Copy and past the following example in JDBCExample.java, compile and run as follows:

// Import required packages
import java.sql.*;
public class JDBCExample {
// JDBC driver name and database URL
static final String JDBC_DRIVER = "com.mysql.jdbc.Driver";
static final String DB_URL = "jdbc:mysql://localhost/EMP";
// Database credentials
static final String USER = "username";
static final String PASS = "password";
public static void main(String[] args) {
Connection conn = null;
Statement stmt = null;
try{
// Register JDBC driver
Class.forName("com.mysql.jdbc.Driver");
// Open a connection
System.out.println("Connecting to database...");
conn = DriverManager.getConnection(DB_URL,USER,PASS);
// Create statement
System.out.println("Creating statement...");
stmt = conn.createStatement();
// Set auto-commit to false
conn.setAutoCommit(false);
// First, let us select all the records and display them.
printRows( stmt );
// Create SQL statement
String SQL = "INSERT INTO Employees (id, first, last, age) " +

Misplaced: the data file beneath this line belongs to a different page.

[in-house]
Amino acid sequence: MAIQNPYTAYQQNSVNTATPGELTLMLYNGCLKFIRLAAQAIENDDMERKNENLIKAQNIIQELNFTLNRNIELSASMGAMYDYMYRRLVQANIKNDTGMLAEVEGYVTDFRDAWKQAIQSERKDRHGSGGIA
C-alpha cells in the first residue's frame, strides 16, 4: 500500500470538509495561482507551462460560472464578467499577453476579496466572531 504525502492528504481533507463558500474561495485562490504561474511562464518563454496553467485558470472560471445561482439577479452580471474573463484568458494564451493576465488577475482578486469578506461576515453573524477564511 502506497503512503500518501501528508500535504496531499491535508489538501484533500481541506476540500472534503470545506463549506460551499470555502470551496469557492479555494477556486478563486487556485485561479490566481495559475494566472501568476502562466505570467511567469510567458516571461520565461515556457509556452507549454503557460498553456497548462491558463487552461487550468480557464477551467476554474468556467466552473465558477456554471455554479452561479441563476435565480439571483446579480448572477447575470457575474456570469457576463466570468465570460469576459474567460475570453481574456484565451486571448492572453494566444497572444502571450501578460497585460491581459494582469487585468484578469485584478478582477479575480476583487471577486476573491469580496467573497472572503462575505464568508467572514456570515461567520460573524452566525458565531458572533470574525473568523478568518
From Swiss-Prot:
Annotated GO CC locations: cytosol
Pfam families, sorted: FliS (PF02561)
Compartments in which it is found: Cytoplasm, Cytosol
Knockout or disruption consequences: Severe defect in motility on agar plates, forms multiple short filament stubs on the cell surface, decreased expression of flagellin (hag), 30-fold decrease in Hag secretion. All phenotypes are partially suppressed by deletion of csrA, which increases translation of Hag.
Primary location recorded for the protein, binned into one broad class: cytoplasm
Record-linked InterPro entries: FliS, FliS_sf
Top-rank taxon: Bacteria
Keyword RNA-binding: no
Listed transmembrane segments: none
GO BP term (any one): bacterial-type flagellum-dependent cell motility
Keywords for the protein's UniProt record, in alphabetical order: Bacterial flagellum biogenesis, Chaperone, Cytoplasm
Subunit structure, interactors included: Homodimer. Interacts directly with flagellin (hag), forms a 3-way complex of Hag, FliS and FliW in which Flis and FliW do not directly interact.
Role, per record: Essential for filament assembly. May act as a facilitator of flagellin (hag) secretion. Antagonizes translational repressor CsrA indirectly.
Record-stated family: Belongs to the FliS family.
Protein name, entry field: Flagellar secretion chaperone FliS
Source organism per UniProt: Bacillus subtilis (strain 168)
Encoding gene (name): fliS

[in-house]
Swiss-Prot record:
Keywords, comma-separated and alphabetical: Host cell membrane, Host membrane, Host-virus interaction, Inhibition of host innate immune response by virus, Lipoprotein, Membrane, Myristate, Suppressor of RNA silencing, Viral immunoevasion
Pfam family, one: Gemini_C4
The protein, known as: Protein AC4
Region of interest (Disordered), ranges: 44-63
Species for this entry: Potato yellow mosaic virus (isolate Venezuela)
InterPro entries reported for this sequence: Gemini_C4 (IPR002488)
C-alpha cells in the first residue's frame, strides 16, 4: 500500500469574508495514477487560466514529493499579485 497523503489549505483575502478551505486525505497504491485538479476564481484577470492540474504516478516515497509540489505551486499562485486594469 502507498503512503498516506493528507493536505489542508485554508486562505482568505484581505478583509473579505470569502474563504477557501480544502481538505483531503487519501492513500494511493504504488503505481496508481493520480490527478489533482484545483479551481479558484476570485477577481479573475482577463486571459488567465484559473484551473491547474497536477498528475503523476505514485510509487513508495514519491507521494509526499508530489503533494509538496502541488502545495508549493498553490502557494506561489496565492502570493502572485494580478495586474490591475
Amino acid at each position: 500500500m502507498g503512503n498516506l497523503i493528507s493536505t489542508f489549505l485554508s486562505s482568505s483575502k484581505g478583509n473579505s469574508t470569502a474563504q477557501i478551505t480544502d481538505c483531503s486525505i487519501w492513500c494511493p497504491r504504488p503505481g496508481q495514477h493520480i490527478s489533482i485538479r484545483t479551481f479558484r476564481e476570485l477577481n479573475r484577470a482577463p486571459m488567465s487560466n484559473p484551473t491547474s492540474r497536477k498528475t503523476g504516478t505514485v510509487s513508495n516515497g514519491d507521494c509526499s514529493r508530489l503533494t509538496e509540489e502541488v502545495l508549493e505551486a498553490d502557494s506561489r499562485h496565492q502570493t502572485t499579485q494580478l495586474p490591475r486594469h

"VALUES(200,'Zia', 'Ali', 30)";
// Add above SQL statement in the batch.
stmt.addBatch(SQL);
// Create one more SQL statement
SQL = "INSERT INTO Employees (id, first, last, age) " +
"VALUES(201,'Raj', 'Kumar', 35)";
// Add above SQL statement in the batch.
stmt.addBatch(SQL);
// Create one more SQL statement
SQL = "UPDATE Employees SET age = 35 " +
"WHERE id = 100";
// Add above SQL statement in the batch.
stmt.addBatch(SQL);
// Create an int[] to hold returned values
int[] count = stmt.executeBatch();
//Explicitly commit statements to apply changes
conn.commit();
// Again, let us select all the records and display them.